Colored Pencil Theory
When I started Horsepower & Pizza, I made it very clear that not everything would be car-related. While I love cars and pizza, football is at the top of my list of interests, but I have yet to find a way to incorporate it into my content. I also have a newfound love for writing because of its ability to take my passions and convey them to a wide audience. Taken from a handwritten note I found on my desk, what you’re about to read is what was going through my mind one year ago.
I’ve seen a photo going around social media recently of a few colored pencils. Some heavily used; others untouched. The caption reads; “It’s easy to look sharp when you haven’t done any work.” Reading this made my mind go all over the place. Obviously, the used pencils have done their job, whereas the unused and still sharp pencils have not. My first real life connection took me back to hell – high school group projects. There is always at least one person who doesn’t contribute anything to the group, yet still gets the grade. This always pissed me off because as someone who tends to take charge in a group scenario, I always made a point to contribute or even pulling more than my fair share of the weight because I wanted the best grade possible.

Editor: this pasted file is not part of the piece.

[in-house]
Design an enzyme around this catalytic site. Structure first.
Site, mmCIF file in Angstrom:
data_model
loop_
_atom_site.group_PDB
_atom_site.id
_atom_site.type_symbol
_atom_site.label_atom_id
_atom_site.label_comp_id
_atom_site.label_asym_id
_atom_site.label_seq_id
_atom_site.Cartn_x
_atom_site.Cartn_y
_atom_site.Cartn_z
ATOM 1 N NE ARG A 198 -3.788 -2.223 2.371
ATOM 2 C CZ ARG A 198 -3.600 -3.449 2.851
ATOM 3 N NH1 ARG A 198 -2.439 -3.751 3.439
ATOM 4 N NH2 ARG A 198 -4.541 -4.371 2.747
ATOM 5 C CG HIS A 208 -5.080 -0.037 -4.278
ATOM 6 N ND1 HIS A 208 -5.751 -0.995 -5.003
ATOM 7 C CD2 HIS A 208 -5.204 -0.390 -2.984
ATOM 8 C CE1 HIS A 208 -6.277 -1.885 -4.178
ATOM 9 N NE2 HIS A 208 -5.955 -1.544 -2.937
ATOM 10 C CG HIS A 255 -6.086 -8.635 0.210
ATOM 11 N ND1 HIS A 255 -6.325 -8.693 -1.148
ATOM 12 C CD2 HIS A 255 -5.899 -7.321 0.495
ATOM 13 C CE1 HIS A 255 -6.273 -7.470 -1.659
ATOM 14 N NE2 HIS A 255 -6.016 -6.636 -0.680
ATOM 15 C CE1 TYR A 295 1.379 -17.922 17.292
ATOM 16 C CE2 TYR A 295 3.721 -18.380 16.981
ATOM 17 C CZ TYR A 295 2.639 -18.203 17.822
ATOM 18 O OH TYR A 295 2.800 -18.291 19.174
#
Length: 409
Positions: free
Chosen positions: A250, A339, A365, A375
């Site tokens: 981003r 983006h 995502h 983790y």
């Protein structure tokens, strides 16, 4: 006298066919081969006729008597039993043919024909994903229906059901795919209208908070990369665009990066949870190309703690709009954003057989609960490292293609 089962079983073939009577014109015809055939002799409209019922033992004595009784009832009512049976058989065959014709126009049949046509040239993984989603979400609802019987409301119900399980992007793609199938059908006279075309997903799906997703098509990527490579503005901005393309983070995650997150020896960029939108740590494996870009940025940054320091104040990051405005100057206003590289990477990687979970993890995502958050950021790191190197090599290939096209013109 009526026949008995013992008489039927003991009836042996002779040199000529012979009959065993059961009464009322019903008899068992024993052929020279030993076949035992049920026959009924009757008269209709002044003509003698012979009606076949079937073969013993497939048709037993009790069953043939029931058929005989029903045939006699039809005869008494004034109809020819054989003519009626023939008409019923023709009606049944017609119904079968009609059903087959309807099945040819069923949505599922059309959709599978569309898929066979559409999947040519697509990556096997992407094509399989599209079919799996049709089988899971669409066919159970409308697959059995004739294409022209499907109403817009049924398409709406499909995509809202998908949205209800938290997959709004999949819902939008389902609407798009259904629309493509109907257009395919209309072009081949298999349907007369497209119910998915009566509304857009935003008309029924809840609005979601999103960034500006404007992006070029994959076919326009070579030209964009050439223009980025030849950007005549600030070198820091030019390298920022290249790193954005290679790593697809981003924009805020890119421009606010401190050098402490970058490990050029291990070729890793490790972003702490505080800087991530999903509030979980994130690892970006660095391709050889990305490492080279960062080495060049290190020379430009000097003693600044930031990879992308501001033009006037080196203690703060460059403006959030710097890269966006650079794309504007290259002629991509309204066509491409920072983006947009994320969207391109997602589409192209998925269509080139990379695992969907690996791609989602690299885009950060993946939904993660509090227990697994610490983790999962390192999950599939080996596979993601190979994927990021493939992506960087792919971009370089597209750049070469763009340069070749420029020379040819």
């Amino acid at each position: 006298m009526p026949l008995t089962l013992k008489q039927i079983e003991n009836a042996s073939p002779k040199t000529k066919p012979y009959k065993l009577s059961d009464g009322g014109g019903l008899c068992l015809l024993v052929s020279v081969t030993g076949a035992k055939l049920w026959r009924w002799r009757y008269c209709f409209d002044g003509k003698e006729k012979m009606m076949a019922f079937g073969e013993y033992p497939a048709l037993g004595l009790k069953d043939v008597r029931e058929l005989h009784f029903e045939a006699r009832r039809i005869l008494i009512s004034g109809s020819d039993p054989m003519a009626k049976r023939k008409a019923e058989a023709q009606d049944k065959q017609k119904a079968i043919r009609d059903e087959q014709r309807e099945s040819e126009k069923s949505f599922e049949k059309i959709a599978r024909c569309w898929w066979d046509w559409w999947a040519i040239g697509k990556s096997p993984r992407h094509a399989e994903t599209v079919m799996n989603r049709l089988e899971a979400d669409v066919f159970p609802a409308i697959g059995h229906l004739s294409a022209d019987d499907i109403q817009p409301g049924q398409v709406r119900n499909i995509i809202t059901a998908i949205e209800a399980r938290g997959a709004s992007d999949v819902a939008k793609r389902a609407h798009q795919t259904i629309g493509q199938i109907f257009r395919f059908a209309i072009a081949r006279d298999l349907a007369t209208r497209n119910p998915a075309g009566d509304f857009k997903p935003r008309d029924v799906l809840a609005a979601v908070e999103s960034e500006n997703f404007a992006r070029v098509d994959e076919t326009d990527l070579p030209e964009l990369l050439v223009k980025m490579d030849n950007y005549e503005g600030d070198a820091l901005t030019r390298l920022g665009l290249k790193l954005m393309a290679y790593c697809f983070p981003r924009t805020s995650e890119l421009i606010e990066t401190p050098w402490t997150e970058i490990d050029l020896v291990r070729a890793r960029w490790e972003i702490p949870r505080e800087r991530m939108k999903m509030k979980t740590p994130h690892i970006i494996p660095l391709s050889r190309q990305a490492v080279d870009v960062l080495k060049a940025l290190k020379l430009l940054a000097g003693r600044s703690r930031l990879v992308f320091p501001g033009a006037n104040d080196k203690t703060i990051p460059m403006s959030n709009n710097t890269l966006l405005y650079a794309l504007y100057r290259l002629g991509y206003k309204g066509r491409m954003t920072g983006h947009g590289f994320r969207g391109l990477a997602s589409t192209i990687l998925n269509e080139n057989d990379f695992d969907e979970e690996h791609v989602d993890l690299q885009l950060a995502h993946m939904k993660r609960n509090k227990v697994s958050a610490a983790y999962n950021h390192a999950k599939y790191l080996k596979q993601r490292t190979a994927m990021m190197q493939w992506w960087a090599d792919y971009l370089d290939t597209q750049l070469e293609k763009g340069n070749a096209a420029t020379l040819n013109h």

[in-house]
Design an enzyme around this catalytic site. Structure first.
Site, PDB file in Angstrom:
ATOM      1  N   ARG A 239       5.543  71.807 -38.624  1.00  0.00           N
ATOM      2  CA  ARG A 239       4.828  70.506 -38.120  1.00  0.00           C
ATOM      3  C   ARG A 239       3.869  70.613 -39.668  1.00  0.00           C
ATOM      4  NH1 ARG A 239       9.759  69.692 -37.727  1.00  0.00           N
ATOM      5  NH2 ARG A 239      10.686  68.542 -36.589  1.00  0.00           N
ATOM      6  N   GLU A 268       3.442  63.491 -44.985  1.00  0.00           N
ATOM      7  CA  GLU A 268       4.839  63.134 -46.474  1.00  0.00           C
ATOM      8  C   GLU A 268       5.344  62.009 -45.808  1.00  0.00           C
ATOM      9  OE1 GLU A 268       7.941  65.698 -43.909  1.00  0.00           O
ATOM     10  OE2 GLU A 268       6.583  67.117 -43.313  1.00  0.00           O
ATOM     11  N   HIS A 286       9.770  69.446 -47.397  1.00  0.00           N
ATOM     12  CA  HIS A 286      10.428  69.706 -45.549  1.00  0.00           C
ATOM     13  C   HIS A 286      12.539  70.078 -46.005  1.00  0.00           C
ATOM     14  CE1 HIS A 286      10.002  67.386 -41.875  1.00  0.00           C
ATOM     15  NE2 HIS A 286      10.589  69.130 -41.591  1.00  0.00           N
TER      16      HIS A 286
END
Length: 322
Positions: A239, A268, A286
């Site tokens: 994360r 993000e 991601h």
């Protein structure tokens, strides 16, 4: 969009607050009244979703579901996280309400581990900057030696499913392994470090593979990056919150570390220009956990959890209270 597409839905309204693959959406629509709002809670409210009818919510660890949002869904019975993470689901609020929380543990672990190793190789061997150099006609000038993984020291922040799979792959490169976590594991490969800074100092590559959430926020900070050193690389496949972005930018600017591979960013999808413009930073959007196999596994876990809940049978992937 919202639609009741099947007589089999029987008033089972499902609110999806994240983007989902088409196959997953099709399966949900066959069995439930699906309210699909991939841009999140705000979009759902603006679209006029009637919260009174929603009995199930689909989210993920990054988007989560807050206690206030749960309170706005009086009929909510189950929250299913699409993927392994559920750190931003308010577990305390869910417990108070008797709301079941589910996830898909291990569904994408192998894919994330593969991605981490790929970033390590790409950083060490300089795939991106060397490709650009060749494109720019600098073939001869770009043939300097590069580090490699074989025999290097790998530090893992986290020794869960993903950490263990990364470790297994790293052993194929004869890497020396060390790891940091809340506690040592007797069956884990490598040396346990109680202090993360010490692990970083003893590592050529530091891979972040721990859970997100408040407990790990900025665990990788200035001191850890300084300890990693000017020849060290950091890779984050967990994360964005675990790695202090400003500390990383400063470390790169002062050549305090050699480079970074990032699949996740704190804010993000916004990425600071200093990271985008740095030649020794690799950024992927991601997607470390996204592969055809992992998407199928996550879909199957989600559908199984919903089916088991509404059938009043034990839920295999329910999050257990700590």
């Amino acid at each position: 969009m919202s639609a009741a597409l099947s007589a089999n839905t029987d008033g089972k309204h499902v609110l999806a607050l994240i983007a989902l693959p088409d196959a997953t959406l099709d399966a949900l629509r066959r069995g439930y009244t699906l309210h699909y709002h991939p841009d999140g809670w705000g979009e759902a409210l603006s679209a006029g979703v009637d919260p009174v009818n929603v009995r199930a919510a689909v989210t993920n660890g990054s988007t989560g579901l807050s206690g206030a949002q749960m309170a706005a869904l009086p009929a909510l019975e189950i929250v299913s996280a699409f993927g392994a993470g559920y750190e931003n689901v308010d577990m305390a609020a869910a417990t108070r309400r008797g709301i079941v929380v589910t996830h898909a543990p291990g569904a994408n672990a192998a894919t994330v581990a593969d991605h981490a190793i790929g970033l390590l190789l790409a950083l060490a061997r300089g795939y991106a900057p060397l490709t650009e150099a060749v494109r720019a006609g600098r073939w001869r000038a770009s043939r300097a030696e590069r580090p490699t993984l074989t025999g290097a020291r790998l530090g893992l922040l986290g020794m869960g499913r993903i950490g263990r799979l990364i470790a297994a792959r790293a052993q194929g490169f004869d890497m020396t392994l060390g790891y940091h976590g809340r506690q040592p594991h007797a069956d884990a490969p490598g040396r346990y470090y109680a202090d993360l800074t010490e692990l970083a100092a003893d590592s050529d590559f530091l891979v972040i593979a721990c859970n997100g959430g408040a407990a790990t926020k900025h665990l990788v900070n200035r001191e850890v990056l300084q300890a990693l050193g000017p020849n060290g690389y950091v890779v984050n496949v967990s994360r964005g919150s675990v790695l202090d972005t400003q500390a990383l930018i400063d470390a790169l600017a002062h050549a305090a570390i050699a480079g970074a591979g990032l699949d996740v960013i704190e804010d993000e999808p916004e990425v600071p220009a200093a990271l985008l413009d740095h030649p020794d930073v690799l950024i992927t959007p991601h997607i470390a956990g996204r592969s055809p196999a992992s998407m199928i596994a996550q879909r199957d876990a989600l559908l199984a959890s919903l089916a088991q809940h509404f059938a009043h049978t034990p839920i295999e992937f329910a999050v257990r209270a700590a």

Now, I’m not saying that I’m the reason my groups generally did well, or that I have all the answers – I’m 23, what the hell do I know? My point with this is while you and your group or team all look good, or get that good grade, it’s easy for that weak link to look just as good as everyone who actually participated. Avoid those weak links. There are so many people looking to steal your shine, and take credit for your grind.
I’ve always loved vehicles. I grew up in the garage. I love working on cars, I love metal working and fabrication. I’m a very hands-on learner, as working with my hands keeps me engaged, interested, and focused on the task at hand. In most hands-on or blue collar careers, you’re going to get your hands dirty. If your hands are dirty, and someone who is helping you out has clean hands, they’re not pulling their weight. I’m not talking about someone in management; I’m talking about a peer.
What I think past me was trying to say is this:
When you are feeling overshadowed by the lives portrayed online through social media, or even just your coworker stealing your idea in this morning’s meeting, remember why those pencils are still pristine in the box. Unlike the utilitarian sky blues and vibrant reds, these people are the questionable green and useless white of the box and would be nearly useless if they put the work in anyway.
I hope y’all enjoyed this week’s blog, next week WILL be car related again. Stay tuned for a Winter mini-drop on the site, there are a few new things coming.